With the internet, I can hop on Google Earth. Here is a whole new emancipation. I can step outside my body and view any corner of creation. Take the SAFE SEARCH off your Google and, trust me, you can step into any moral corner of the world too. You can use Facebook to peer into the lives of others, and they can peer into yours. The modern "you" is increasingly transparent, and rootless. If liberalism offers a program to unlock human potential through emancipation, then we have to ask what will lie before us when the dust settles? Will liberalism offer us a world with no masters, or are we after the freedom to choose who we bow to?
Perhaps as we stand in the Age of Google, in the doorway of the 21st century and beyond, we are all like those boot camp recruits. Reborn. Emancipated from our old selves and struggling to understand our new roles.
Patrick Henry said, "Give me liberty or give me death!"
Modernity opens the door for a third option. An abstracted, uniformed equality, forged in the metaphoric boot camps of our world -- animated with a boundless, liquid hybrid identity, made possible by the sea of information, communication and identity experimentation unleashed by the internet.
Give me liberty... or something else?
Friday, January 22, 2010
I wrote this in the first weeks of the Obama Adminstration. It speaks to this week.
Sick, so sick
Need a doc.
Need a government nipple
Need to nurse.
I deserve hardwood floors.
I deserve health care
So sick, sick, so sick
Need a doc.
Need a job.
I deserve stimulation.
I deserve a stimulus bill
I need my scheduled stimulant pills
I have the chills.
I am so ill
Just pass the bill
Just pass the bill...
So sick, Need a Doc? YES!
I deserve a Third World nightmare.
I deserve a glass of water.
I deserve to wait in long, miserable lines.
I deserve a wire cage.
Inescapable, unblinking cameras.
I deserve supervision.
I deserve vaccinations.
I am untamed, please bring my leash.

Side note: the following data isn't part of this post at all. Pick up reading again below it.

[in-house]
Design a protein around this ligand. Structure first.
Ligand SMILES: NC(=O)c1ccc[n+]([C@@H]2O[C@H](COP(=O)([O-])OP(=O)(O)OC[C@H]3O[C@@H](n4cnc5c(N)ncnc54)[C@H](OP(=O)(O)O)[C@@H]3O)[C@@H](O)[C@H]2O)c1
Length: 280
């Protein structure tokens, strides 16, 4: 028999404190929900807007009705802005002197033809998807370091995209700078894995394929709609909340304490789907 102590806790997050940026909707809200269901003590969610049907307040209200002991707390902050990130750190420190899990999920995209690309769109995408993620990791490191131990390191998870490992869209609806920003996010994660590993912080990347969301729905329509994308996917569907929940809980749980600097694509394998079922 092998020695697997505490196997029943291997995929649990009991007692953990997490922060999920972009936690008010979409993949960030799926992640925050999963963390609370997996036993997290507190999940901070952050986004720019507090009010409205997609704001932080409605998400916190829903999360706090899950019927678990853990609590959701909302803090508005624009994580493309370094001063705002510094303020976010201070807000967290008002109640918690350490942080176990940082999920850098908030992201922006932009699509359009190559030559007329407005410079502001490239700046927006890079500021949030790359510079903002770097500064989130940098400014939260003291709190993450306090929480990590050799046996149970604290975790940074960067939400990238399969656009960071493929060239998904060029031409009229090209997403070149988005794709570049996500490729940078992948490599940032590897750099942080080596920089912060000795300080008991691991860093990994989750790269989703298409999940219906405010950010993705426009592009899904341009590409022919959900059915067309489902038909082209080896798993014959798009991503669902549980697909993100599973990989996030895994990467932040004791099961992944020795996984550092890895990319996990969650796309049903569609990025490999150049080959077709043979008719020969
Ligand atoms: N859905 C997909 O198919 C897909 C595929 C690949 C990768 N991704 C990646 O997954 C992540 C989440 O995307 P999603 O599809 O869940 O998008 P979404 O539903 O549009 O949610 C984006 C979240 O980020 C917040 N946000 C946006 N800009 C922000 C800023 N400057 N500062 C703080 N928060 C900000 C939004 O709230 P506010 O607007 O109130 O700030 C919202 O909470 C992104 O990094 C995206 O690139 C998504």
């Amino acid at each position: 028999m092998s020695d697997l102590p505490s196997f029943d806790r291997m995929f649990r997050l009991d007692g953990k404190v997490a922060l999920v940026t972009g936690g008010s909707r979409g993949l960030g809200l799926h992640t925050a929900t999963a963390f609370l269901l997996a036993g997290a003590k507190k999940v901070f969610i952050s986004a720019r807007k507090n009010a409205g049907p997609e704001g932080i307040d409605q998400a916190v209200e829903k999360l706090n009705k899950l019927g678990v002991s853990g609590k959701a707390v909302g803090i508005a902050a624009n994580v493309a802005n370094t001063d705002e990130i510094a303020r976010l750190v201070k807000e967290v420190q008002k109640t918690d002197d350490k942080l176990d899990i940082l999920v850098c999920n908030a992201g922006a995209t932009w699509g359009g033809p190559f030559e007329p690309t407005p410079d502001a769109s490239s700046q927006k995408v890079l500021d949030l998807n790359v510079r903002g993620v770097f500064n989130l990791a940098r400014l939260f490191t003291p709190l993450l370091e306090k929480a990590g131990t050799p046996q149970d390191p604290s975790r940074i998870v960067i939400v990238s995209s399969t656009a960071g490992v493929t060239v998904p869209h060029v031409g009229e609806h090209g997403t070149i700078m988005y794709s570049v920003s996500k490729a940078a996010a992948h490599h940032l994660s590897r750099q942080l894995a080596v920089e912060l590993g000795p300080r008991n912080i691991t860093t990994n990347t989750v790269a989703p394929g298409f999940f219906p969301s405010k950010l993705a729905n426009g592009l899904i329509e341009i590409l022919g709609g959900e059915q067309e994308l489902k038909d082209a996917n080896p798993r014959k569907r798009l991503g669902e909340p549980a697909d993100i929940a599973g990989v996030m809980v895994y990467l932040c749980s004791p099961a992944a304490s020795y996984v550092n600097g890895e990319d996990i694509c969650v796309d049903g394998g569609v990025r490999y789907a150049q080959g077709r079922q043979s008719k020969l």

I will press the button.
when it hits you feel no pain
I deserve it.
Thursday, January 21, 2010
I turn on the tv, and Anderson Cooper has, for a week straight been playing savior on CNN. He is always sticking cameras in peoples faces, robbing them of their dignity at the moment it is all that they have left.
Those god damned patronizing split screens, as if people in peril and agony just aren't enough to justify more than 1/4 of the screen.
The commerical break reminds us that, while Hatians know they need food, water, shelter and medicine, you might not have realized you need a Droid and a Snuggie and GoldLine.
Surely, if Cooper's primary objective was to help people, he could do that much more effectively without the cameras. But here it is: philanthropy as performance. Poverty porn.
OR... Maybe Anderson Cooper is awesome. First major anchor on the ground in Haiti. Doing what a journalist does, within the context of the medium. Maybe my grievance is less towards him and more towards cable news in general.
Still, maybe he should be more passive. What would be more effective in inspiring sympathy and material contributions: to turn on the TV and see that people are helping, or to turn it on and see the reality, that without the cameras and the media crews, there is agony and need on a Biblical scale.
Maybe it'd be better for all of us to turn on the TV and see suffering without Anderson Cooper swooping into save the day.